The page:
County Workers OK Strike if Raise Demands Are Not Met
More than 1,400 members of Los Angeles County’s largest employee union voted Thursday evening to authorize a strike if their demands for a significant raise are not met by the time their various contracts expire Sept. 30.
The workers, members of the Service Employees International Union, Local 660, also spent the evening plotting strategies for job actions leading up to such a walkout and signing up for civil disobedience protest workshops. In the coming weeks, general manager Annelle Grajeda told the members, they will stage strike preparation rallies to show the Board of Supervisors how serious they are about walking off the job. Those rallies are scheduled for separate days in each supervisorial district during the third week of September and will target all county facilities, Grajeda said.
“Our members are tired of being disrespected and being taken for granted,” Grajeda told members during a nighttime rally at the Department of Water and Power headquarters downtown. “We are unified, and we are ready to fight.”
Grajeda said the union’s 40,000 members helped the county weather its recent fiscal crisis by going without raises--some for as long as six years. But when the county supervisors passed their annual budget in June, she noted, no money was set aside for employee raises.
Now, Grajeda said, the county has finally put an offer on the table that amounts to a 1% to 1.5% annual increase for three years--far less than the union believes its workers deserve.
“It is insulting,” Grajeda said, “Frankly we haven’t demanded raises [in the past]. We understood the crisis. But now the stock market is booming, the economy is booming and now we are demanding a raise and that this board respect their employees.”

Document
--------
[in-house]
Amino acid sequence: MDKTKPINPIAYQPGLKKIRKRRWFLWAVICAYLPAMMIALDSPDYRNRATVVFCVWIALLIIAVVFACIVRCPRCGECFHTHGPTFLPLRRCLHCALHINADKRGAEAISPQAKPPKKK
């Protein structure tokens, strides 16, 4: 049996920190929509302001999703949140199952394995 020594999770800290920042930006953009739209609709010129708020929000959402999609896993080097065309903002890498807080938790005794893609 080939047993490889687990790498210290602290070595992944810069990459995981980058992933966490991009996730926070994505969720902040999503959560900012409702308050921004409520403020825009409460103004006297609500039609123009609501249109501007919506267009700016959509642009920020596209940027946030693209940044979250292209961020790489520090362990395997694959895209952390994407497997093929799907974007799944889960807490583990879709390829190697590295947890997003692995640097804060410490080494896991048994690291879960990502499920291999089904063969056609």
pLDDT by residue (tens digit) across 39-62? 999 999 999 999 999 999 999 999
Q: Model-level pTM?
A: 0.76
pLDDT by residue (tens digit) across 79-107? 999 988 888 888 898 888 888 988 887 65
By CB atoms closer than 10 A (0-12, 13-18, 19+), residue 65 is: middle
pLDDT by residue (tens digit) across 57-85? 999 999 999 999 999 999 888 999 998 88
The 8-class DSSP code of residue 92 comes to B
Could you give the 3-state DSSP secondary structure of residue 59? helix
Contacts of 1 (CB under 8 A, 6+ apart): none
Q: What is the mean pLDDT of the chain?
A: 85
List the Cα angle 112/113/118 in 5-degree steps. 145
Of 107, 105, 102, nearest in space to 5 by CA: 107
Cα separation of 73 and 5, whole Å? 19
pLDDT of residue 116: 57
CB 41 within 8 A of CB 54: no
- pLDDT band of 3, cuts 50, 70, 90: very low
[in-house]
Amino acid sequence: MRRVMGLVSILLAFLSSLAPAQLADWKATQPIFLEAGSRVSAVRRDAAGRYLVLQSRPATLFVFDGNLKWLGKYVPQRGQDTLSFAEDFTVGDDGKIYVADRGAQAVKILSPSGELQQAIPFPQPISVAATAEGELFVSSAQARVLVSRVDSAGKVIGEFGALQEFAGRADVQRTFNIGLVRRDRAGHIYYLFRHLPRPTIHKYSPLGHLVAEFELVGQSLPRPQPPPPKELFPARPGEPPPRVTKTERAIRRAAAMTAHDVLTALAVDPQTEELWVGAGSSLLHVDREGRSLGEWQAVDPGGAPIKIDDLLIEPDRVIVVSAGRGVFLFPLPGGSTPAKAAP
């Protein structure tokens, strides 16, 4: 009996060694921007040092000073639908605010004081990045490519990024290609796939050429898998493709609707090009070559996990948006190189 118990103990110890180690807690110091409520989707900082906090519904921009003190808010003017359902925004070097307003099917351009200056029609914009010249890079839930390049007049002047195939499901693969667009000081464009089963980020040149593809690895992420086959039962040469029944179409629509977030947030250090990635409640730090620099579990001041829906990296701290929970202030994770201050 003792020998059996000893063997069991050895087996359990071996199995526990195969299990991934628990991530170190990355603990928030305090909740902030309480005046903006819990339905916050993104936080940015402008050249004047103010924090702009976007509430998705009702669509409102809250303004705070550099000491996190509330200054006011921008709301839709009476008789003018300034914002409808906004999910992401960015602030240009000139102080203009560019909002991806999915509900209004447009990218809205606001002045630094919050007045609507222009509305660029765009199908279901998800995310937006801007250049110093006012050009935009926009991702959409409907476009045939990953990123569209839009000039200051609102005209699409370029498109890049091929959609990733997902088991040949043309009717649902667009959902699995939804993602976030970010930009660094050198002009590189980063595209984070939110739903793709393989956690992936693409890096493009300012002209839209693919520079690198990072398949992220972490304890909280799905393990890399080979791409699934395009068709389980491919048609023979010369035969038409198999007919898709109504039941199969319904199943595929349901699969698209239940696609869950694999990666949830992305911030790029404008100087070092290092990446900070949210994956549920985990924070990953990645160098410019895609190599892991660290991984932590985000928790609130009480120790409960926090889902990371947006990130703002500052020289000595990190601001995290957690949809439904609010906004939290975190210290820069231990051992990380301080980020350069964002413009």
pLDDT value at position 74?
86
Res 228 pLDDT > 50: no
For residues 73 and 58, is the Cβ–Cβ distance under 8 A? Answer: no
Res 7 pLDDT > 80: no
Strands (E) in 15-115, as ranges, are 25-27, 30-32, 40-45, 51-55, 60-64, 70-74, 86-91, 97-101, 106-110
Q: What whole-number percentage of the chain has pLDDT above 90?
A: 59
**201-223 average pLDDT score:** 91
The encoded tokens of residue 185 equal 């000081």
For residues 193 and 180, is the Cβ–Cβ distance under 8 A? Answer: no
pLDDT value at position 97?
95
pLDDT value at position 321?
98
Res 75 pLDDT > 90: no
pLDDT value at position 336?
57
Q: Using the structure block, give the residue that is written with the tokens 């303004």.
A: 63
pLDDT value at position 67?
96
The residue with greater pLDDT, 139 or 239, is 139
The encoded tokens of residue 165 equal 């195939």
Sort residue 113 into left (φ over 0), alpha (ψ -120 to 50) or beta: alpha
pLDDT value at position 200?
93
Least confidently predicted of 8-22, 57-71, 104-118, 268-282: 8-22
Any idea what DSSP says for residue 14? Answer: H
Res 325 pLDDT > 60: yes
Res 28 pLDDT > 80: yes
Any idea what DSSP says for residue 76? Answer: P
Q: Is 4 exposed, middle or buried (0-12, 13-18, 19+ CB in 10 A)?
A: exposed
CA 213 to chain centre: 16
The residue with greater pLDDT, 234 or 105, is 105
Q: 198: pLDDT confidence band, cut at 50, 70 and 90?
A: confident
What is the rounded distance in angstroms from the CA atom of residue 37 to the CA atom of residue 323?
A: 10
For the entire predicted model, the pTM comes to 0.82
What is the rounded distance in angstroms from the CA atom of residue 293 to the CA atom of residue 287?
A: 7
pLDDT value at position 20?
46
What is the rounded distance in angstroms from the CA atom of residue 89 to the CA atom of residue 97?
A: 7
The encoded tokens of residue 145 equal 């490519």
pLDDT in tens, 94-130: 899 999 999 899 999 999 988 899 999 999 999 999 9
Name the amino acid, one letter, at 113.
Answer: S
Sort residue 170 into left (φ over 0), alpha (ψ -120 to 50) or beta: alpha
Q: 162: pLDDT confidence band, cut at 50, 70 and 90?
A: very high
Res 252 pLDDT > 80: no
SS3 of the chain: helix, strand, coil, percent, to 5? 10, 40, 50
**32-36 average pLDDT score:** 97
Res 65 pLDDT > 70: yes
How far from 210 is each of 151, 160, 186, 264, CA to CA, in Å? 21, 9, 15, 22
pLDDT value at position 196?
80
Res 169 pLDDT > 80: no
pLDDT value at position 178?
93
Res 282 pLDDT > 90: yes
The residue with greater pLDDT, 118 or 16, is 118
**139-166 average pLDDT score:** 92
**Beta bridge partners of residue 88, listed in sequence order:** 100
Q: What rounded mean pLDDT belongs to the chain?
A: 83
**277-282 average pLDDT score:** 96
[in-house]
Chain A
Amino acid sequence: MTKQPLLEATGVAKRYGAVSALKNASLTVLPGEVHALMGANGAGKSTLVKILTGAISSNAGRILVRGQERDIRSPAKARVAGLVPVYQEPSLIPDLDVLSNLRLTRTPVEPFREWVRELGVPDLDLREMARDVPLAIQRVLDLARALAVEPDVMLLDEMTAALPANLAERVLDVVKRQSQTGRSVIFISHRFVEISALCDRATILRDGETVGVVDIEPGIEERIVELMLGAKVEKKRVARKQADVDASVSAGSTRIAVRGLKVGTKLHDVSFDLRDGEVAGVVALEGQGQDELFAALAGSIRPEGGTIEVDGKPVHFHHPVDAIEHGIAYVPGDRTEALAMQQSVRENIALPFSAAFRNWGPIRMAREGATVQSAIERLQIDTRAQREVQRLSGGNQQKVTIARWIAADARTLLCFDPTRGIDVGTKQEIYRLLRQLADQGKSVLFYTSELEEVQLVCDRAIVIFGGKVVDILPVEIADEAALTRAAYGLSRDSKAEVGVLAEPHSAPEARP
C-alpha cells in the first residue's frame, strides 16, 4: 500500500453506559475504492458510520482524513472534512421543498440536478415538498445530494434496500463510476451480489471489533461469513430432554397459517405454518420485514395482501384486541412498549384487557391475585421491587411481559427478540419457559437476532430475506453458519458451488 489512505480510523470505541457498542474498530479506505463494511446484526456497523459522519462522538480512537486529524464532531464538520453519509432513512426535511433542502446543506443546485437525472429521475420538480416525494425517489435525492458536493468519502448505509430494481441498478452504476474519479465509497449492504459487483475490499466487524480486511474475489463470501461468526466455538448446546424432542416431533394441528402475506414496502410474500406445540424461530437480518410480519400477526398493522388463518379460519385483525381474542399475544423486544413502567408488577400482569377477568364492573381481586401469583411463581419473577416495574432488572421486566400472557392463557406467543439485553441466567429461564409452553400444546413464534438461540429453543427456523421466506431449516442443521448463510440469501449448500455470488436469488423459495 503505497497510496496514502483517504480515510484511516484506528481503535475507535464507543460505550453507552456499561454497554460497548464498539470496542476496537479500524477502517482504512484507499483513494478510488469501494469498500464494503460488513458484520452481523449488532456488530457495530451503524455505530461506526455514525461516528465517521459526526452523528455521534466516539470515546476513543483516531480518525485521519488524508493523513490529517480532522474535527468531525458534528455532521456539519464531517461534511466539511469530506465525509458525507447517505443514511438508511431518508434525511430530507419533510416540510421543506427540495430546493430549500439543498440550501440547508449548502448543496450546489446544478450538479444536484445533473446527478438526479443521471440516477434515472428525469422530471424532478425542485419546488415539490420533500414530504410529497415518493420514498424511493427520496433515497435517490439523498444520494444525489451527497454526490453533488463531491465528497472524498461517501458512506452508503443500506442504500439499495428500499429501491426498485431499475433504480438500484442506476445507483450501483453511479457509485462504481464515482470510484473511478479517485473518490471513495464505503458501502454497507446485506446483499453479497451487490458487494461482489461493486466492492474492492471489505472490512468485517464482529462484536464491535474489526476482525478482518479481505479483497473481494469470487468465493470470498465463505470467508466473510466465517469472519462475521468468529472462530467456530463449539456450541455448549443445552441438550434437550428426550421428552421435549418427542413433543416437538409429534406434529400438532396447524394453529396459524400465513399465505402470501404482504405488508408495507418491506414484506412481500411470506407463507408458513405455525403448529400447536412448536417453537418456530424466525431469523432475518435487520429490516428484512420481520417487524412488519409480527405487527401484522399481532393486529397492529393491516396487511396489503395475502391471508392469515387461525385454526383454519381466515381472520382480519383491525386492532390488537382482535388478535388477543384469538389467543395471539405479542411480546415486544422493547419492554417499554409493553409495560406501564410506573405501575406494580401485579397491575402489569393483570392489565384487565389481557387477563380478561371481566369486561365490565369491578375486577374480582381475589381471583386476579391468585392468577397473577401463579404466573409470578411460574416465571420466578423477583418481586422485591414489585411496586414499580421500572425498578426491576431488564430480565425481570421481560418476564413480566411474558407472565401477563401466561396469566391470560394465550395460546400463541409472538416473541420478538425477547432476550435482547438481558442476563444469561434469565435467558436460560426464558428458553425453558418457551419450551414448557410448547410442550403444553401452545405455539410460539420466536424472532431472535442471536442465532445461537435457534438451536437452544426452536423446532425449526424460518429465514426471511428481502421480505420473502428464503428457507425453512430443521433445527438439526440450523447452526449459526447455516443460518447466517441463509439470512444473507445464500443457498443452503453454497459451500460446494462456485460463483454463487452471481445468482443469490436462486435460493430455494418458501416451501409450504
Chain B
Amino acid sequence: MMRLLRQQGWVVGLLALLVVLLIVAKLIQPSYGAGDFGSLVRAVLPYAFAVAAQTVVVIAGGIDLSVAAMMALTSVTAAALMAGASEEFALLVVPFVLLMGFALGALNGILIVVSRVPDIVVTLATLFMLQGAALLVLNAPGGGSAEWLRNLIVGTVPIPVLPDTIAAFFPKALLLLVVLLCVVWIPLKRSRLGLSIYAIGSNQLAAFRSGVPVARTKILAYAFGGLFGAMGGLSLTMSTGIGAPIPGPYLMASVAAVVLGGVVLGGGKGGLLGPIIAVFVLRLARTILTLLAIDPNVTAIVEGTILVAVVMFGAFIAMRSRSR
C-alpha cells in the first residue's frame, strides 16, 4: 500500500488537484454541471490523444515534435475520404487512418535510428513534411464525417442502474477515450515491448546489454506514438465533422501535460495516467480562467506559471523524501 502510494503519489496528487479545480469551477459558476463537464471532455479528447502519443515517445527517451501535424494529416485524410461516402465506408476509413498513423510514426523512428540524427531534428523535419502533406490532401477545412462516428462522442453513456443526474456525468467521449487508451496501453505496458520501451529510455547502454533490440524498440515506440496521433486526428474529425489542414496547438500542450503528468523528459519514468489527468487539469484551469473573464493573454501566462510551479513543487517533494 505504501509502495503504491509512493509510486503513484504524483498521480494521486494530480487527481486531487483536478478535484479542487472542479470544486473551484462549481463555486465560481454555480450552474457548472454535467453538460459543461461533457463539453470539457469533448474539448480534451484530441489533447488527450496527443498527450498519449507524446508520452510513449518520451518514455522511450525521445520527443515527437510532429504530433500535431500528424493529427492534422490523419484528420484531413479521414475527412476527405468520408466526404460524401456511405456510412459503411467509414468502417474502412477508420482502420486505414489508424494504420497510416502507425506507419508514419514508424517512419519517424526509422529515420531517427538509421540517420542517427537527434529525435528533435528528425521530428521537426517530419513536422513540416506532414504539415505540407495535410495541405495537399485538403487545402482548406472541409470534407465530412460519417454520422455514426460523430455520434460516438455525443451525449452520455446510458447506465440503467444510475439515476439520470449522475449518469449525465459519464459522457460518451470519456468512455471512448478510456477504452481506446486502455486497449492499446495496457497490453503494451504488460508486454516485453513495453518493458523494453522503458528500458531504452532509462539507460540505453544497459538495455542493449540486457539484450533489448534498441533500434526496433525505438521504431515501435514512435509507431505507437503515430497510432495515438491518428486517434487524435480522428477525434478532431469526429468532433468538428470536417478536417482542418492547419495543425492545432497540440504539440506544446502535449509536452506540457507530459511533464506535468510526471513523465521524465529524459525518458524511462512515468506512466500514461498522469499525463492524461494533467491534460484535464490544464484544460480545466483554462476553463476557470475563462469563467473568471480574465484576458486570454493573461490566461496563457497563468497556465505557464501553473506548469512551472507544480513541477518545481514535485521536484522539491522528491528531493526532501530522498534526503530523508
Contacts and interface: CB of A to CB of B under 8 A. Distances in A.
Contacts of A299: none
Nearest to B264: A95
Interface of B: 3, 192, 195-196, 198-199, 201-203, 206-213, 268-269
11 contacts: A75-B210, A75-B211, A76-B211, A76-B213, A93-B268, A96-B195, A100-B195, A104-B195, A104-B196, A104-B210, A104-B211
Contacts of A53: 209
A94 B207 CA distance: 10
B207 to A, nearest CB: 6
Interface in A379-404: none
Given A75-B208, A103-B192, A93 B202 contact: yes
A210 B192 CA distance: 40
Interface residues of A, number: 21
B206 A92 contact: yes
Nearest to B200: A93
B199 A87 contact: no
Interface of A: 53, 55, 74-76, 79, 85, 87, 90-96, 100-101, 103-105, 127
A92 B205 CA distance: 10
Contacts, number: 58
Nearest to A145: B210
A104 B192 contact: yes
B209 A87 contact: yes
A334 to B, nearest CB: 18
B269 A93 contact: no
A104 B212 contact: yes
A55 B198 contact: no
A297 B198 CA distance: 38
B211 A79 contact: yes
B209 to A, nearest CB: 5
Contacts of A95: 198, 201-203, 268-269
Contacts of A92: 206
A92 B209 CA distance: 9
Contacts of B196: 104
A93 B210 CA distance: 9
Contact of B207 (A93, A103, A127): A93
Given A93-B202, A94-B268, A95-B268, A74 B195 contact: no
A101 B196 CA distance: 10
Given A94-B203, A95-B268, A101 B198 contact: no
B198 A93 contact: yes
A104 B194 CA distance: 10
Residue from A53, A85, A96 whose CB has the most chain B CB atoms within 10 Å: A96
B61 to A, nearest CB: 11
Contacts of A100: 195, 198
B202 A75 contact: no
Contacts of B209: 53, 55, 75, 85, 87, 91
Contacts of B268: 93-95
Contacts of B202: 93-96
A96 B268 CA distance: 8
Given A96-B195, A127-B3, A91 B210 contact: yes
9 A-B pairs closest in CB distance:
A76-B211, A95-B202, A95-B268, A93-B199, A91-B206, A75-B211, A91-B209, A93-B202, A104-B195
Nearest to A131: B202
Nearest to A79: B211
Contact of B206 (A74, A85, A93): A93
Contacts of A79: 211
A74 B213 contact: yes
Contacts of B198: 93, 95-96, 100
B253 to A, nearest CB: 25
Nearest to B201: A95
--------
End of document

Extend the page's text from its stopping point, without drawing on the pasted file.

County officials would not comment on the size of their salary offer.
“We are at the table with an economic package, ready to negotiate,” said the county’s chief administrative officer, David Janssen, who is overseeing the negotiations for the board.
Janssen said the Board of Supervisors has said all along that it considers providing raises for the county’s more than 80,000 employees a high priority. Half of them are represented by the union.
But Janssen said the county’s fiscal condition is still precarious and that the supervisors must balance their desire to give raises with the need to regain what they regard as financial stability.
County officials have argued that each 1% in across-the-board raises will increase labor costs $20 million. The union believes each 1% increase costs only $8 million, and that county officials are exaggerating.
Several hundred sheriff’s deputies also met Thursday night in an adjacent room at the DWP headquarters to plot strategy. They have been working without a contract since January and have said that they too will reject the county’s offer of a 1.5% annual increase for three years.
Jeffrey Monical, a spokesman for the Assn. for Los Angeles Sheriff’s Deputies, said the rank and file consider the offer demeaning and insulting. “There is a very strong sentiment to consider job actions,” he said.
Law enforcement officers are legally forbidden to strike. But sources among the sheriff’s representatives said that they can slow down work operations to show their frustration without technically walking off the job.